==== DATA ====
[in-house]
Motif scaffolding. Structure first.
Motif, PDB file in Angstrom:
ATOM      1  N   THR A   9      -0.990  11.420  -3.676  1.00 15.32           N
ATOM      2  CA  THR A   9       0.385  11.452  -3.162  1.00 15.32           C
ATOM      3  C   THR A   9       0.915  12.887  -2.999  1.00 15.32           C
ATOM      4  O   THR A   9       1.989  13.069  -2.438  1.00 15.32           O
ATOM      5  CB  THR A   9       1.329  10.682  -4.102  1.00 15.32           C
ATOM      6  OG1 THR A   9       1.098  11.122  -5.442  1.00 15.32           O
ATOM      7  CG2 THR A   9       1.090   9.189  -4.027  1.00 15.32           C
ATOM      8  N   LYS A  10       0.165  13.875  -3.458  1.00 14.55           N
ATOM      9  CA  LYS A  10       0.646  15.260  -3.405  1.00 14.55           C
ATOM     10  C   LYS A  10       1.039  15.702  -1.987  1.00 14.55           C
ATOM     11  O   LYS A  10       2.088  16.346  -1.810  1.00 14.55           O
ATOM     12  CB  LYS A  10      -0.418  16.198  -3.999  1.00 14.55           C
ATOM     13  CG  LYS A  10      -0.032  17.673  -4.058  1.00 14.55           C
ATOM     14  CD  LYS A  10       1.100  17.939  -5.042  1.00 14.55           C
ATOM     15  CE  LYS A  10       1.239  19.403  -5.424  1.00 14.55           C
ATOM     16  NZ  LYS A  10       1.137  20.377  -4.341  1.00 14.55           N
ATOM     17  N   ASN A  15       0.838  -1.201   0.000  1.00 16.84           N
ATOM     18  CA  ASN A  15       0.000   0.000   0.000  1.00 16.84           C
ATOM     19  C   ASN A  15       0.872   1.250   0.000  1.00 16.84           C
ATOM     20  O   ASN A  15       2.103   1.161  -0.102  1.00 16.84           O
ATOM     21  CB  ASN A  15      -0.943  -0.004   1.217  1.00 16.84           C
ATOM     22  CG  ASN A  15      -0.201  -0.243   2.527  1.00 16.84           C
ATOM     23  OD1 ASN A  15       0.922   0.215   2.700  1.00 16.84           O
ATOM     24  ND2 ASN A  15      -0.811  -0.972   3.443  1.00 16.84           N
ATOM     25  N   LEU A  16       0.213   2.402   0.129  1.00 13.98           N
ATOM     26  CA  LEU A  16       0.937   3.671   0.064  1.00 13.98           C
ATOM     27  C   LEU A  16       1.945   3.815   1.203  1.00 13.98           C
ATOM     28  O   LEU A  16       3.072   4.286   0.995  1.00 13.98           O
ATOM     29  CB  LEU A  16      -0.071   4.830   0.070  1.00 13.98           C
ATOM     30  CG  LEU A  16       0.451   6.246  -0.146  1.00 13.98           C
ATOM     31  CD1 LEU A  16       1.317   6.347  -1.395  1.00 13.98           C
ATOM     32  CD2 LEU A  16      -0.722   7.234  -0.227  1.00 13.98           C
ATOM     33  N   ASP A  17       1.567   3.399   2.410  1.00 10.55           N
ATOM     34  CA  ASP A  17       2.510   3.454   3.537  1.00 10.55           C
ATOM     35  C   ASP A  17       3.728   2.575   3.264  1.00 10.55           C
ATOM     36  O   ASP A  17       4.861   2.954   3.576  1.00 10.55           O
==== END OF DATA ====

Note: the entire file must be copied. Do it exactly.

[in-house]
Motif scaffolding. Structure first.
Motif, PDB file in Angstrom:
ATOM      1  N   THR A   9      -0.990  11.420  -3.676  1.00 15.32           N
ATOM      2  CA  THR A   9       0.385  11.452  -3.162  1.00 15.32           C
ATOM      3  C   THR A   9       0.915  12.887  -2.999  1.00 15.32           C
ATOM      4  O   THR A   9       1.989  13.069  -2.438  1.00 15.32           O
ATOM      5  CB  THR A   9       1.329  10.682  -4.102  1.00 15.32           C
ATOM      6  OG1 THR A   9       1.098  11.122  -5.442  1.00 15.32           O
ATOM      7  CG2 THR A   9       1.090   9.189  -4.027  1.00 15.32           C
ATOM      8  N   LYS A  10       0.165  13.875  -3.458  1.00 14.55           N
ATOM      9  CA  LYS A  10       0.646  15.260  -3.405  1.00 14.55           C
ATOM     10  C   LYS A  10       1.039  15.702  -1.987  1.00 14.55           C
ATOM     11  O   LYS A  10       2.088  16.346  -1.810  1.00 14.55           O
ATOM     12  CB  LYS A  10      -0.418  16.198  -3.999  1.00 14.55           C
ATOM     13  CG  LYS A  10      -0.032  17.673  -4.058  1.00 14.55           C
ATOM     14  CD  LYS A  10       1.100  17.939  -5.042  1.00 14.55           C
ATOM     15  CE  LYS A  10       1.239  19.403  -5.424  1.00 14.55           C
ATOM     16  NZ  LYS A  10       1.137  20.377  -4.341  1.00 14.55           N
ATOM     17  N   ASN A  15       0.838  -1.201   0.000  1.00 16.84           N
ATOM     18  CA  ASN A  15       0.000   0.000   0.000  1.00 16.84           C
ATOM     19  C   ASN A  15       0.872   1.250   0.000  1.00 16.84           C
ATOM     20  O   ASN A  15       2.103   1.161  -0.102  1.00 16.84           O
ATOM     21  CB  ASN A  15      -0.943  -0.004   1.217  1.00 16.84           C
ATOM     22  CG  ASN A  15      -0.201  -0.243   2.527  1.00 16.84           C
ATOM     23  OD1 ASN A  15       0.922   0.215   2.700  1.00 16.84           O
ATOM     24  ND2 ASN A  15      -0.811  -0.972   3.443  1.00 16.84           N
ATOM     25  N   LEU A  16       0.213   2.402   0.129  1.00 13.98           N
ATOM     26  CA  LEU A  16       0.937   3.671   0.064  1.00 13.98           C
ATOM     27  C   LEU A  16       1.945   3.815   1.203  1.00 13.98           C
ATOM     28  O   LEU A  16       3.072   4.286   0.995  1.00 13.98           O
ATOM     29  CB  LEU A  16      -0.071   4.830   0.070  1.00 13.98           C
ATOM     30  CG  LEU A  16       0.451   6.246  -0.146  1.00 13.98           C
ATOM     31  CD1 LEU A  16       1.317   6.347  -1.395  1.00 13.98           C
ATOM     32  CD2 LEU A  16      -0.722   7.234  -0.227  1.00 13.98           C
ATOM     33  N   ASP A  17       1.567   3.399   2.410  1.00 10.55           N
ATOM     34  CA  ASP A  17       2.510   3.454   3.537  1.00 10.55           C
ATOM     35  C   ASP A  17       3.728   2.575   3.264  1.00 10.55           C
ATOM     36  O   ASP A  17       4.861   2.954   3.576  1.00 10.55           O